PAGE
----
South Frontage on front burner
Published 12:46 pm Monday, April 7, 2014
To build the South Frontage Road extension or not to build it is not the key question about why it still exists only on paper.
Rather, it’s a matter of how much the cost has risen to build a mile of roadway, which drives everything when it comes to any road construction or improvement plan. The economic reality of rounding up millions of dollars to build overpasses, re-surface roads and reconstruct turn lanes is often at odds with the sausage-making process that is crafting budgets and writing law codes.
The bottom line is that the overpass must be built — no matter how long it has to compete for space on the state’s to-do list of highway work. It will make it much easier for vehicles to shop and dine on the city’s eastern flank and closes an illogical gap in local traffic flow that’s existed for far too long.
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An overpass to take vehicles over the railroad tracks down in the gully between where South Frontage Road ends and the Outlets of Vicksburg has been the subject of talk for more than a decade. In 2005, intense lobbying over several years by mall officials when they joined city and county elected officials on their annual jaunt to Washington, D.C. secured the first $2.5 million for the project. Since then, the federal spigot has closed for a lot of small-scale local road and bridge projects of this ilk. You can thank the infamous “Bridge to Nowhere” for that. Thanks, Alaska.
To close a $17 million gap in funding for South Frontage and other unfunded road projects in Mississippi, state senators put language in the transportation budget to compel the Department of Transportation to put some money into it. The amount they chose was arbitrary, $4 million, likely a product of the murky process of budgeting. State Sen. Briggs Hopson and MDOT Central District Commissioner Dick Hall seemed to convey opposing emotions while agreeing the project is worthy of completion.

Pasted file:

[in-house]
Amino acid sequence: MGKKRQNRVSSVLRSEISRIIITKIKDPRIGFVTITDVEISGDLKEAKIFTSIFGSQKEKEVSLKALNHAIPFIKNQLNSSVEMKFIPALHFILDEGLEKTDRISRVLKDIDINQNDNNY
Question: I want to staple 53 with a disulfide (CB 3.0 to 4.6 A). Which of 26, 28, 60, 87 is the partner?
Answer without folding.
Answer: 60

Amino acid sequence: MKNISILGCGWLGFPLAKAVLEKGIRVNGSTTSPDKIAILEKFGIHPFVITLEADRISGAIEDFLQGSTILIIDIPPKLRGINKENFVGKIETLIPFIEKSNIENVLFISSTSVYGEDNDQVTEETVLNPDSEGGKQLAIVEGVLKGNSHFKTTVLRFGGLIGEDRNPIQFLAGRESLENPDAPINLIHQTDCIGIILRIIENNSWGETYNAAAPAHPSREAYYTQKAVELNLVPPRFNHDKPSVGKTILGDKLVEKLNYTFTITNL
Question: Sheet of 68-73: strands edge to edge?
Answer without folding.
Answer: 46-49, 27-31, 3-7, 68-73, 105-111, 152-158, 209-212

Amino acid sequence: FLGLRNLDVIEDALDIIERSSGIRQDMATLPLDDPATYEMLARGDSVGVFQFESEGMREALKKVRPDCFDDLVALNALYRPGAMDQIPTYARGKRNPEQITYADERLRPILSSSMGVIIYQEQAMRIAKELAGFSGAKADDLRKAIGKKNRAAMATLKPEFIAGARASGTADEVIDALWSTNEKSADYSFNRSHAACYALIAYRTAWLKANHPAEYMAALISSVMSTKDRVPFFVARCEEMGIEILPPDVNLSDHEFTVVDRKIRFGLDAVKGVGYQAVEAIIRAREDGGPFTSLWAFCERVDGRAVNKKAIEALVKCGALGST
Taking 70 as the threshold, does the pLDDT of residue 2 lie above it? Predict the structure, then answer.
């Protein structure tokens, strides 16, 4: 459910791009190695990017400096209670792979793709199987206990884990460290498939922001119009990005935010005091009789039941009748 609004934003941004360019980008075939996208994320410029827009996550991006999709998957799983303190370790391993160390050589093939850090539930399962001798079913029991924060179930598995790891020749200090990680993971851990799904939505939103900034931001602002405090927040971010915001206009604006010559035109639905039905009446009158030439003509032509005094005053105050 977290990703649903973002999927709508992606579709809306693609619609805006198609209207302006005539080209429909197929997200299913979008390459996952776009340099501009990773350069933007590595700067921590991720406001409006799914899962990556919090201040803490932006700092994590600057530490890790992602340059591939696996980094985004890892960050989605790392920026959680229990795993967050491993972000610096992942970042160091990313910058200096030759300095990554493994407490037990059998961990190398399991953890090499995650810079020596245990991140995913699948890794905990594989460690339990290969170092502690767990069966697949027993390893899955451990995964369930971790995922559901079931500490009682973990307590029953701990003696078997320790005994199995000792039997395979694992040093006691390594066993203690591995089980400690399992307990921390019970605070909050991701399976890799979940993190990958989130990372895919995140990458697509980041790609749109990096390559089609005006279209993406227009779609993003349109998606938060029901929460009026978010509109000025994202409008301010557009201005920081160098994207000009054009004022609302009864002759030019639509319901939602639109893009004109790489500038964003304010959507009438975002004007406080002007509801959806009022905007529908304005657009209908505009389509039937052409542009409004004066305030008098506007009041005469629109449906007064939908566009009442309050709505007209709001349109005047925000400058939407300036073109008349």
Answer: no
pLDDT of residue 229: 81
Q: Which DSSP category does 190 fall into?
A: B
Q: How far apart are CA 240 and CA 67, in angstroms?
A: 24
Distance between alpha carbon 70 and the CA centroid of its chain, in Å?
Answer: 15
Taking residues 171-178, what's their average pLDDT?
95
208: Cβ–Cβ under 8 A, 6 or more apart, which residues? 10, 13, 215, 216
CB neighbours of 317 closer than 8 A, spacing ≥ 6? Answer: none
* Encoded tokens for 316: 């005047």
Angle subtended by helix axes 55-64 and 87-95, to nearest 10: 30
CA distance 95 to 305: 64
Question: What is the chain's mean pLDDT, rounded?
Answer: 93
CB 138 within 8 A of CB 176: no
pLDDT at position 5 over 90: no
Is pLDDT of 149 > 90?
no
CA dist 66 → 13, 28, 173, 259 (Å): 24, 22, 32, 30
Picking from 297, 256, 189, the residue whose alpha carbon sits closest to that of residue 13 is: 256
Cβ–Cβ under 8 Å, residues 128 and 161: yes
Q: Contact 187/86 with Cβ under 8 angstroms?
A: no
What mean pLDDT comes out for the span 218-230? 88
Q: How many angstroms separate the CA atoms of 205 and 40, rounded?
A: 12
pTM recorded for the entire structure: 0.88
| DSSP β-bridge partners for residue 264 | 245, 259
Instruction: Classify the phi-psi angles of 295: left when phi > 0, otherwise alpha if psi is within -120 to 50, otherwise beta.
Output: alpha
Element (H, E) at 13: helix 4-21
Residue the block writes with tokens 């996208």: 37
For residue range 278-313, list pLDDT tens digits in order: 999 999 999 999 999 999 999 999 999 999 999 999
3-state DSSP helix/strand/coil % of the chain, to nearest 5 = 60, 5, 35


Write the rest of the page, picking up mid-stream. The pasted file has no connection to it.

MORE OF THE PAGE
“It’s not ideal, but better than not completing it,” Hopson said, adding he hoped that the agency would use funds on hand to spur construction.
Hall, a Vicksburg native who represented Madison in the Legislature for 24 years before being appointed to the commission in 1999, said the earmark thrown into last week’s budget negotiations avoids the real issue with highway funding in the state.
“You can’t build it for $4 million,” Hall said in part, adding lawmakers need to pass a comprehensive highway bill and raise the gasoline tax to pay for it. “It’s certainly a nice gesture by Sen. Hopson to put it in there. But, you have to have the whole package. It makes no sense to just build a little piece over here and a little piece over there.”
Drawings at public hearings at the Vicksburg Convention Center a few years ago about the overpass and for a larger renovation of Interstate 20 in Vicksburg show an overpass that will take vehicles across the tracks. That’s a clearer driving path than stopping, contemplating a dangerous left turn against a tricky sight line down Old Highway 27, then being sure to avoid the interstate exit instead of the veer-right exit for East Clay to reach the other side of town. Drivers coming from Old 27 would be looped to overpass via a ramp to be built near the former site of Watkins Nursery, which sold its property to the state to speed up the project.
Hall and Hopson are both right. The politicians who control the purse strings in Jackson can’t let this project wither, nor can they be cynical about doing it in pieces. Interstates nationwide have a lonely support beam here and a piece of rebar there while money comes in; it’s not uncommon.
Stop piddling and build it.